Friday, April 20, 2018


excerpted from: Megan Quattlebaum, Let's Get Real: Behavioral Realism, Implicit Bias, and the Reasonable Police Officer, 14 Stanford Journal of Civil Rights & Civil Liberties1 (February, 2018) (186 Footnotes) (Full Article)


meganquattlebaumConstitutional law is not particularly sophisticated about bias, and so it is not very good at protecting people from it. The Supreme Court has successfully employed constitutional law, and particularly the Fourteenth Amendment, to address explicit, intentional discrimination, but it has been less adept at reckoning with contemporary, implicit forms of bias. This Article lifts up the Fourth Amendment as a vehicle for accomplishing what the Court has had difficulty doing with the Fourteenth: protecting individuals from the harms that arise from the types of implicit biases that are pervasive today. In particular, it suggests a mechanism by which the Fourth Amendment can more effectively curtail the harms of racial profiling.

Any account of racial bias in America in 2016 must wrestle with an anomalous historical truth: even as "overt White hostility toward African-Americans has been in decline," other indicators suggest that equality, in terms of welfare and life opportunities, remains elusive. While the causal explanation for this incongruity is complex, one answer may be found in the slippery and evolving nature of prejudice. Indeed, over the past two decades, social psychologists have come to understand that not all biases are explicit. As will be described in greater detail below, human brains make implicit associations, which can sometimes lead people to behave in ways that they would not knowingly endorse. Such contemporary, implicit forms of bias may affect individuals' behavior in ways that perpetuate inequalities even though those individuals may be unaware of--and even expressly disavow--such results.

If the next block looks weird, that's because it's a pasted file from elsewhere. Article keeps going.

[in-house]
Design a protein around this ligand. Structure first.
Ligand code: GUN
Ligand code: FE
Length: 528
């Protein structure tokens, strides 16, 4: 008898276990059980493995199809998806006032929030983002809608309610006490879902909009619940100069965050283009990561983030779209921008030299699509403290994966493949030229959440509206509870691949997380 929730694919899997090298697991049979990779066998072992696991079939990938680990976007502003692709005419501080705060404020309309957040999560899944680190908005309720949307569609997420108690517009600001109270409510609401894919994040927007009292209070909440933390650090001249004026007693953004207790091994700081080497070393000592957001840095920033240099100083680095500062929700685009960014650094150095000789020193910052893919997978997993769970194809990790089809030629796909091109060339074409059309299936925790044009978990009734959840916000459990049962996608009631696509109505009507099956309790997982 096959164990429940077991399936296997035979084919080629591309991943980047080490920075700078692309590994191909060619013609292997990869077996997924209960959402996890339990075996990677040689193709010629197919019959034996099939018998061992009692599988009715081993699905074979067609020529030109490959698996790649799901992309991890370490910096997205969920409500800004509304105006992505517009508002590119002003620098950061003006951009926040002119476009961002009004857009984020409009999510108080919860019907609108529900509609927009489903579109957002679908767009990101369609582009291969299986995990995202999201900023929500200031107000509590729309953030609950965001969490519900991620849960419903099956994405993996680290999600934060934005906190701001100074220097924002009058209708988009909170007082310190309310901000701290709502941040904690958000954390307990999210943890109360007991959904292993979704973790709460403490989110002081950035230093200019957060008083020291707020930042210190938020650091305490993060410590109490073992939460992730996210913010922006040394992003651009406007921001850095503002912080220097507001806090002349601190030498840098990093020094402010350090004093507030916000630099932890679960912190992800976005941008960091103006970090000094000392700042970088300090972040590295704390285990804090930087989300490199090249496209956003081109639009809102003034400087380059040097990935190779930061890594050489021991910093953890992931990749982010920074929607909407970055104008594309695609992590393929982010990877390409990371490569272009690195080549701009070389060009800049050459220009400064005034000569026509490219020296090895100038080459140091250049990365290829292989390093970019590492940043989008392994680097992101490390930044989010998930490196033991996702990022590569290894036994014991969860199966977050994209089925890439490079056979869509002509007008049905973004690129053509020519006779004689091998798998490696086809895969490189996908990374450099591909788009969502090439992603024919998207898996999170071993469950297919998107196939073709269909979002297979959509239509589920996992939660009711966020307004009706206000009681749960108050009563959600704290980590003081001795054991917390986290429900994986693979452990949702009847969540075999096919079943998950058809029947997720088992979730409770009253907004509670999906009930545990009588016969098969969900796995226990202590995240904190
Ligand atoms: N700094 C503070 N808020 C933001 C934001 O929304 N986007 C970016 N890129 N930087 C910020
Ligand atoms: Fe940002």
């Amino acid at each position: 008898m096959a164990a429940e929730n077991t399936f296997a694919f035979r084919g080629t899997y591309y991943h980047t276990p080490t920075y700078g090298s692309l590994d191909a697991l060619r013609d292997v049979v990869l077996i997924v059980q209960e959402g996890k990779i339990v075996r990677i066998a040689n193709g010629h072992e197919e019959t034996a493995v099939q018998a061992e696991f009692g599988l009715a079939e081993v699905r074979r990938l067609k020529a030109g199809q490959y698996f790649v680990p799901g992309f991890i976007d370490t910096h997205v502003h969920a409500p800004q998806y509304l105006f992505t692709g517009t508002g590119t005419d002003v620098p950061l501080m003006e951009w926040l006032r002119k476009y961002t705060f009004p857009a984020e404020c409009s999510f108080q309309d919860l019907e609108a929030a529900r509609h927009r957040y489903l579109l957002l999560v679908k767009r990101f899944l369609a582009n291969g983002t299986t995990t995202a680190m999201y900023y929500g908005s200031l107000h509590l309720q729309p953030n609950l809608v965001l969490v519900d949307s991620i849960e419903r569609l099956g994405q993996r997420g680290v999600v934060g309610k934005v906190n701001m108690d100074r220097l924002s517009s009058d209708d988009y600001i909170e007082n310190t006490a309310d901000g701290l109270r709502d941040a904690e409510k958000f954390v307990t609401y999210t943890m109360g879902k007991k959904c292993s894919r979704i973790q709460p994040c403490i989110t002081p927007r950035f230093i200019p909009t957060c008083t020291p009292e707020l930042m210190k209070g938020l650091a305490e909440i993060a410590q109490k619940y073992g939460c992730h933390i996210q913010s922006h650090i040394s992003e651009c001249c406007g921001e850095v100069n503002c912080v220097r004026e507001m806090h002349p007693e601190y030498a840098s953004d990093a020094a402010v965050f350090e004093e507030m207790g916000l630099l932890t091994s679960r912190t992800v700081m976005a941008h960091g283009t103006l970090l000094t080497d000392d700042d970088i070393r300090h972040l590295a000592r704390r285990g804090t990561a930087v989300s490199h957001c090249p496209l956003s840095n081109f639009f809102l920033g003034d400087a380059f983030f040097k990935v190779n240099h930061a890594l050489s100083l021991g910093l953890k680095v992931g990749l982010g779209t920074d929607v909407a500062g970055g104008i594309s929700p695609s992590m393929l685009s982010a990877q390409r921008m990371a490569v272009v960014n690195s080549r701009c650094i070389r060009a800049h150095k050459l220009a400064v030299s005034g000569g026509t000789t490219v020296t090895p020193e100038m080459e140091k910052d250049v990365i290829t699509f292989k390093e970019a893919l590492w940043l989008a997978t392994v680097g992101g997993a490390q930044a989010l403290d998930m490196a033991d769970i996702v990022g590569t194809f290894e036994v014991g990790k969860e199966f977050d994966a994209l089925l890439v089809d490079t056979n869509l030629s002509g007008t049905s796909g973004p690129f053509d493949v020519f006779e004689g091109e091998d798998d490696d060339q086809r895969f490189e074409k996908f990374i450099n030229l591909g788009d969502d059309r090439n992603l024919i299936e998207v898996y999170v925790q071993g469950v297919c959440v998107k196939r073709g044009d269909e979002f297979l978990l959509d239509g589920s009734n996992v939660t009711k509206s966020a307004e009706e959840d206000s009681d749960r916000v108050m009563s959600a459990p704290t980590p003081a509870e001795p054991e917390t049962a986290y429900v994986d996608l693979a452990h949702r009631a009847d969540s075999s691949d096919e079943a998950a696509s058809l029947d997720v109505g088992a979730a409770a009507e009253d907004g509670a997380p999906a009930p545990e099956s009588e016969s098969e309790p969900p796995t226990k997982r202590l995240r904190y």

Because constitutional law remains focused on questions of intent, however, it can make only limited headway in addressing adverse outcomes. This is nowhere more evident than in the Supreme Court's jurisprudence around racial profiling. When it comes to racial profiling, the Supreme Court is stuck in a good cop/bad cop dichotomy that has become outmoded. The Court has conceptualized the problem as one of racist "attitude[s] that reside[] in the mind[s] of bad police officers." But in recent years, social psychologists have come to understand that "[s]tereotypes, like most human mental processes, can and do operate outside of conscious awareness, [such that] they can influence us whether we want them to or not. As a consequence, much of what we call racial profiling is likely spontaneous and unintended." The Supreme Court has thus built its jurisprudence on a theory of human behavior that scientific research has revealed to be unsound.

This Article makes a positive case for the Fourth Amendment as a vehicle for addressing contemporary, implicit forms of bias in policing. The Fourth Amendment provides a logical framework for addressing unintentional racial profiling both because it is concerned with principles of equal protection and because, as a textual matter, it is focused on outcomes more so than intentions. The Fourth Amendment is concerned with principles of equal protection because we read it in light of the subsequently enacted Fourteenth, which ushered in an entirely new conception of "We the People." Reading the Fourth Amendment in light of the Fourteenth infuses the requirement that searches and seizures be "reasonable" with particular meaning, strongly suggesting that searches and seizures that are instigated because of the target's race will not pass muster. But contrary to current understandings of the Fourteenth Amendment, I argue that the Fourth is focused on results rather than intentions. The Fourth Amendment prohibits unreasonable searches and seizures, not unreasonable police officers. As such, it is focused not on the intent of the searching or seizing officer but on the outcome of that officer's behavior.

I find in the Fourth Amendment, therefore, a wonderfully suitable home for a constitutional prohibition on racial profiling that is the result of contemporary, implicit forms of bias. But I argue that if the Fourth Amendment is to successfully address cases of unintentional profiling, courts will need to adopt a behavioral realist approach to their analysis of reasonableness. Behavioral realism asks courts to "pay close attention to the best available evidence about people's actual behavior" when "formulating and interpreting legal rules."